The Pasadena Symphony and POPS, one of California’s most respected ensembles, was recently supported by exclusive audio provider Complete Production Rentals (CPR) with VUE audiotechik al-8 line arrays for a performance at the LA Arboretum.
The symphony presents year-round performances at the LA Arboretum as well as the Ambassador Auditorium and LA Arboretum. Based in nearby Westlake Village, CA, CPR has been the symphony’s sound resource for more than a decade, with CPR president and founder Jack Haffamier’s relationship with the group dating back even further.
Haffamier is highly critical of any new audio technology that seeks a place with the prestigious ensemble. “I first heard a selection of VUE speakers at a demo in Los Angeles late last year,” he explains. “I was immediately impressed with their build quality and exceptional clarity-especially in the key vocal range. While I didn’t get chance to hear the al-8 specifically on that day, I could tell immediately that there was a very consistent and compelling ‘family voice’ across the line.”
In June, Haffamier invited the VUE team out to evaluate the symphony’s needs and produce an EASE model of the venue. “I was very interested in testing the al-8 in real-world conditions,” he says. “The LA Arboretum can be a challenging venue, and I was particularly concerned about getting adequate low- and mid-frequency coverage out to 280 feet.”
The final design included dual al-8 arrays consisting of 16 elements per side. Additional near field coverage was delivered by four al-4 line array elements suspended below each al-8 array with VUE’s al-8-ufb “combo array” transition bar. Eight VUE V6 Systems Engines provided power and processing for the al-8 arrays, while a pair of V4 Systems Engines handled the smaller al-4 elements.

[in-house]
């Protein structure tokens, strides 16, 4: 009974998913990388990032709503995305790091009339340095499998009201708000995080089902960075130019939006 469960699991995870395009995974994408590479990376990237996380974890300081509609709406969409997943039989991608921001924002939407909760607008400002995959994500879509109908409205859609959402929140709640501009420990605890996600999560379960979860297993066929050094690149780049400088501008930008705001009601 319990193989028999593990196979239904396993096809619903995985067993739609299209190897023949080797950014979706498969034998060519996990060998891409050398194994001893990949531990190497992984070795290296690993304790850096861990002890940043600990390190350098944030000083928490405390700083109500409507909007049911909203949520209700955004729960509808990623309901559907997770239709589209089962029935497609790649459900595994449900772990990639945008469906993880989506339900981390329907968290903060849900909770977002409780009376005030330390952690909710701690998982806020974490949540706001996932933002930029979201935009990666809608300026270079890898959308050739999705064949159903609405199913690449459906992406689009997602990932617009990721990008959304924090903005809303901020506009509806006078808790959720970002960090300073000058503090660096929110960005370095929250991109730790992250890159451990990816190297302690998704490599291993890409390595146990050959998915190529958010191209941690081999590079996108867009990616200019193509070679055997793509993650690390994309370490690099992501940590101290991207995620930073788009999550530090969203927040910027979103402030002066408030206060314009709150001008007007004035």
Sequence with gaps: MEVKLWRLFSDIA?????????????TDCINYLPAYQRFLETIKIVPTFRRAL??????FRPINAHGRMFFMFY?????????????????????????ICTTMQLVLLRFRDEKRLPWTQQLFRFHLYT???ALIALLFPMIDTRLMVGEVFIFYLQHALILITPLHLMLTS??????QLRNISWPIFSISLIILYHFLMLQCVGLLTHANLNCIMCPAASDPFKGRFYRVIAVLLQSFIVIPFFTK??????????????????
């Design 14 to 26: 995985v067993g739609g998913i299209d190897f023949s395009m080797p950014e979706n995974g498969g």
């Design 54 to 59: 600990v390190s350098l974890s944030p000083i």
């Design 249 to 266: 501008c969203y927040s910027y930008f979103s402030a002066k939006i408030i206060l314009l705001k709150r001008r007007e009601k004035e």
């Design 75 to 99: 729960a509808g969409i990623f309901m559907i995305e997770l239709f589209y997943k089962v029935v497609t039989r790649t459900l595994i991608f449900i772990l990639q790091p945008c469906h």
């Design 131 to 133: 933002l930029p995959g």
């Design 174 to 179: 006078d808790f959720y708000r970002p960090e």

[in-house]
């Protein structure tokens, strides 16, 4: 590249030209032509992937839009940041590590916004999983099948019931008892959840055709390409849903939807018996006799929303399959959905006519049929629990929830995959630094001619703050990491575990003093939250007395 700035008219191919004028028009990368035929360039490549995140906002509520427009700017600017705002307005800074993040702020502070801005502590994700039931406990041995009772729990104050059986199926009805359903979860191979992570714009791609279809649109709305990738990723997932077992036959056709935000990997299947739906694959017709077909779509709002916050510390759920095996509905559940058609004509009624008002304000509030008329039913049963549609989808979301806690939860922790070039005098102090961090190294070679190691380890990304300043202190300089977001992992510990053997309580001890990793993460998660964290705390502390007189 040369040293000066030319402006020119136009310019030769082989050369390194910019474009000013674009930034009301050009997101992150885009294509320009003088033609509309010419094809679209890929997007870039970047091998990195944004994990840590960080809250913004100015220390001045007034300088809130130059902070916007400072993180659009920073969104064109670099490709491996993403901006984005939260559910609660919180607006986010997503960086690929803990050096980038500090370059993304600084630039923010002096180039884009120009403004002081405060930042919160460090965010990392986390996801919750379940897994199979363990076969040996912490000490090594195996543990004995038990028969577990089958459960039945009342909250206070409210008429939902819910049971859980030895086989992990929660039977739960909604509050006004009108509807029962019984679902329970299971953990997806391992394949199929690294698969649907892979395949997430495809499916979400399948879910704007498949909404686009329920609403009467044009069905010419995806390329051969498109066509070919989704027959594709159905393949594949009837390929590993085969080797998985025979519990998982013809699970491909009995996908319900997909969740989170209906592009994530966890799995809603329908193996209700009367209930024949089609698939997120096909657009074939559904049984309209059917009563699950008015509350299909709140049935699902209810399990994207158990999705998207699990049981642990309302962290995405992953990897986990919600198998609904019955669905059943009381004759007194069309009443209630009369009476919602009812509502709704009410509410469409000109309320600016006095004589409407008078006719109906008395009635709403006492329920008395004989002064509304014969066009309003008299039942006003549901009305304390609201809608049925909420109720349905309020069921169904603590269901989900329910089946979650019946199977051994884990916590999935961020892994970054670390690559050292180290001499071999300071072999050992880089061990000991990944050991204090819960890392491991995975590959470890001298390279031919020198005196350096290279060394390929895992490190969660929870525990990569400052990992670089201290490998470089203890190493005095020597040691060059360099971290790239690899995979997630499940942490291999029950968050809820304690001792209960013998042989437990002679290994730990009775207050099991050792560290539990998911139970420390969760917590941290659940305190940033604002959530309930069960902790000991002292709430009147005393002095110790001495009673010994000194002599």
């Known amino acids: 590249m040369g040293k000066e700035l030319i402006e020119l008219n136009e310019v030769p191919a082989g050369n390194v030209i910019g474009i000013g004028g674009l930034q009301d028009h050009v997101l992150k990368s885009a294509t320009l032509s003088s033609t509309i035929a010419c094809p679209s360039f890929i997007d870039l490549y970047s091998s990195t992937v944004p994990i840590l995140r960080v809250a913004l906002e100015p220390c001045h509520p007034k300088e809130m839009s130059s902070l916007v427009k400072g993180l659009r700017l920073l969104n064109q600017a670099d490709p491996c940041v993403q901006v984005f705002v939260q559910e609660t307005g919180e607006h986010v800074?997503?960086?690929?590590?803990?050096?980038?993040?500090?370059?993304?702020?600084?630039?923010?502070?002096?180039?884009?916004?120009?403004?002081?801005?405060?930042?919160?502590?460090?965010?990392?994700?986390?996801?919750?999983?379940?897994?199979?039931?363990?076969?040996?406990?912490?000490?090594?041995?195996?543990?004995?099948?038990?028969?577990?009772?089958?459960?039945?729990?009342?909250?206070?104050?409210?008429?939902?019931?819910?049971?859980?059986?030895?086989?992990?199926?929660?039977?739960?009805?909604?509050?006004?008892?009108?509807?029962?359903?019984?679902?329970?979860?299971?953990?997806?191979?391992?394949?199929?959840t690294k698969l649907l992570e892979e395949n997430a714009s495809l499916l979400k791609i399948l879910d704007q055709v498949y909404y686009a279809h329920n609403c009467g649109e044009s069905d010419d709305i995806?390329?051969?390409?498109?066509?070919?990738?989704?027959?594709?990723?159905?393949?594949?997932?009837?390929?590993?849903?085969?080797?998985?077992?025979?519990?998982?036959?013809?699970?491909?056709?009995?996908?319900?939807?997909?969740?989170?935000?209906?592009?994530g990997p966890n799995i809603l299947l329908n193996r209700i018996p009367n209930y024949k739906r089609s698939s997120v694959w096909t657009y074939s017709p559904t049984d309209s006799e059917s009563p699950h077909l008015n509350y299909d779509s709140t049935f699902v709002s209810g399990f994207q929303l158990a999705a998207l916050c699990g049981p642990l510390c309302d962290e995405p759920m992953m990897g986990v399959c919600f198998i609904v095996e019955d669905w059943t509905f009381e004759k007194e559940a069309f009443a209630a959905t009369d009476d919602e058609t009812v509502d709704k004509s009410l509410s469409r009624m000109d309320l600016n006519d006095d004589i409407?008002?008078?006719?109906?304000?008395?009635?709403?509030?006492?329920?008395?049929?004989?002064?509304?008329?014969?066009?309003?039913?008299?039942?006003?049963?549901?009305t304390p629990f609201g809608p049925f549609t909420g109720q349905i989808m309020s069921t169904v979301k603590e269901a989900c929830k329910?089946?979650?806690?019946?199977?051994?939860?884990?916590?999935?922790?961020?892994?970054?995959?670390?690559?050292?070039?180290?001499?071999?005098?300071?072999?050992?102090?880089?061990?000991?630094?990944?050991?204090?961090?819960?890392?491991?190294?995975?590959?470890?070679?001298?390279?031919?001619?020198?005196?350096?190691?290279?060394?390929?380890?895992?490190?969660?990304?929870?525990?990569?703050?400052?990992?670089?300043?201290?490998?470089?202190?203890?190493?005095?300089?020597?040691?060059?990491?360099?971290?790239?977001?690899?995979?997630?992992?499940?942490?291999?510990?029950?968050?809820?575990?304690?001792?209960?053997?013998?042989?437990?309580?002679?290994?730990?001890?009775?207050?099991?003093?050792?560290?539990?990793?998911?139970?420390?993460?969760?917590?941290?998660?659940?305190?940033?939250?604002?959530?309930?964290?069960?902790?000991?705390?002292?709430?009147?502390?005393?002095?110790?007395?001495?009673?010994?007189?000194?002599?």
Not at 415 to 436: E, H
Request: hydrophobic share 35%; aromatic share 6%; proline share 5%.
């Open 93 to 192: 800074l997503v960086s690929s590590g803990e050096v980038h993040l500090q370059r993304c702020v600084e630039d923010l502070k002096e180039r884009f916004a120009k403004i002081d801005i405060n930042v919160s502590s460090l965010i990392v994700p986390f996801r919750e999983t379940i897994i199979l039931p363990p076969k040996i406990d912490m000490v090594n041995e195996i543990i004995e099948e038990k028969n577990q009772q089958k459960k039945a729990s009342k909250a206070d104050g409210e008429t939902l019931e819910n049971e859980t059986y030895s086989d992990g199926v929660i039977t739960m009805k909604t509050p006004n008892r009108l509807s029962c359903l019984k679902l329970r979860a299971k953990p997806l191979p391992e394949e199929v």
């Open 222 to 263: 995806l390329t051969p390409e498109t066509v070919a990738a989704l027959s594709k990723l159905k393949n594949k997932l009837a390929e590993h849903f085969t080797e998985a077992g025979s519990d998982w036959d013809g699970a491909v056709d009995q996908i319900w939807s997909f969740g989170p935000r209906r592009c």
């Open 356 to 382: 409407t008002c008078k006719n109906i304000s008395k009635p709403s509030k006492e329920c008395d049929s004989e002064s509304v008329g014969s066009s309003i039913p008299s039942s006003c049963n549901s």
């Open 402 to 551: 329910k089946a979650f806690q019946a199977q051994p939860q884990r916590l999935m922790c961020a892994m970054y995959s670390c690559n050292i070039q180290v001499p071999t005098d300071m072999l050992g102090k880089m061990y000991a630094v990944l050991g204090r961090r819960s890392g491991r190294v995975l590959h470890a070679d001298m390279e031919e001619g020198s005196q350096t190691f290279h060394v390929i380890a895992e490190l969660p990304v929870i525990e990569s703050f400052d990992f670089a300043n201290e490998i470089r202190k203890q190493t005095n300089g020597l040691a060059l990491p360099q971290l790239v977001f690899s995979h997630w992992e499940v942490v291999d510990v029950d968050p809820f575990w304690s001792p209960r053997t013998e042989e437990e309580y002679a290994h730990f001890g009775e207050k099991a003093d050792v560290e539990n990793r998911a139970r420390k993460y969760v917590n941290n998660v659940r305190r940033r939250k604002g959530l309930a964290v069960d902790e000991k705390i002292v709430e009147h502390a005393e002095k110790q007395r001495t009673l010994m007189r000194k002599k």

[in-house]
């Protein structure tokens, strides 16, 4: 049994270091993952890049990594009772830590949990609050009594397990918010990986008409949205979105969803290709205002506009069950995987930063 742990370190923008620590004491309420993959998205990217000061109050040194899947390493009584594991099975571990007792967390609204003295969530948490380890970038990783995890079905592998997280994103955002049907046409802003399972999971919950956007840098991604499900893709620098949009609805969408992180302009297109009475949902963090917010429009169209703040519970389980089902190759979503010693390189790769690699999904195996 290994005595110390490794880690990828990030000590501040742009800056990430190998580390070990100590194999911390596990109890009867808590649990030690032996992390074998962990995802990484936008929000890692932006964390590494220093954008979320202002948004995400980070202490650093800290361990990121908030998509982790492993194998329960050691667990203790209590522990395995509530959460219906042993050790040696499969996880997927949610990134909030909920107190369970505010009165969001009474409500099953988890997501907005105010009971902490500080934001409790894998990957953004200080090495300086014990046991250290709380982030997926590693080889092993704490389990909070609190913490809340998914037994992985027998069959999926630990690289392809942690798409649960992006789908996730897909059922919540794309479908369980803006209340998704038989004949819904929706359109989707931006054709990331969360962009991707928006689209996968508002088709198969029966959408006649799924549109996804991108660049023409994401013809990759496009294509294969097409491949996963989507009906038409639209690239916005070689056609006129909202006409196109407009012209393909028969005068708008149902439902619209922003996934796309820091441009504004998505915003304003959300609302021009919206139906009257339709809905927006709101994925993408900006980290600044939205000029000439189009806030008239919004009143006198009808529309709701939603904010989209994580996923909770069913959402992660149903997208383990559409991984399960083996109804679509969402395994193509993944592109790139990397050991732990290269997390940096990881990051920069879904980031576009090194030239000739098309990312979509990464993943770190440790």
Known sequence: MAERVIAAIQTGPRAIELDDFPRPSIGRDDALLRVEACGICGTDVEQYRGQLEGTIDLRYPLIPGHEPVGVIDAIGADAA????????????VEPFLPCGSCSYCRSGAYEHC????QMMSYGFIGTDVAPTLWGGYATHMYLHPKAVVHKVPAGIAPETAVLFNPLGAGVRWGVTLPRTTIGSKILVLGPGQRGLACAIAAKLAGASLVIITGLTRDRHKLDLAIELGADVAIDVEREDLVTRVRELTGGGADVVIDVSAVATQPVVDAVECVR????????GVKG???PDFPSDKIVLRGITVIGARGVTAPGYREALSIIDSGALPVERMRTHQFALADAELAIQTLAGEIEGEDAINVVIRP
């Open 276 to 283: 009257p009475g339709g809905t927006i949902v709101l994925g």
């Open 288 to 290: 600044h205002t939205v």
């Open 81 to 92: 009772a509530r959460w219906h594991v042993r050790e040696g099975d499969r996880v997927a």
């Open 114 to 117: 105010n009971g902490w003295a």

Front fill came courtesy of VUE h-12 and i-2x4.5 loudspeakers, while low-frequency support was provided by eight VUE hs-28 ACM subwoofers. A pair of Midas PRO2 consoles supplied mix capabilities.
“Even with unexpected delays, I was impressed at how quick the al-8 was to fly,” notes Haffamier. “We had a relatively short setup window, and to further complicate things, upon arrival we discovered that our Condor boom had been borrowed by a local film crew. Once the boom was retrieved, the al-8’s simple rigging and compact size allowed us to fly and aim the system with time to spare.”
With assembly complete, Haffamier, along with technical directors Larry Estrin and Greg Burns, began the process of tuning the VUE array in preparation for Burns’ final “golden ears” test later that afternoon. “The al-8 sounded fantastic from the moment we sent signal to it,” Haffamier states. “With very minimal tweaking, the imaging was set and the coverage was ‘spot on’-even at the 280-foot mark were the low frequency directivity in many line array systems simply breaks down”.
“It wasn’t just Larry and I who were impressed,” he continues. “Greg himself commented on how easy it was to keep the vocals in the heart of the mix without sacrificing intelligibility. That’s a balance that most line arrays struggle with, but the VUE system achieved it effortlessly.”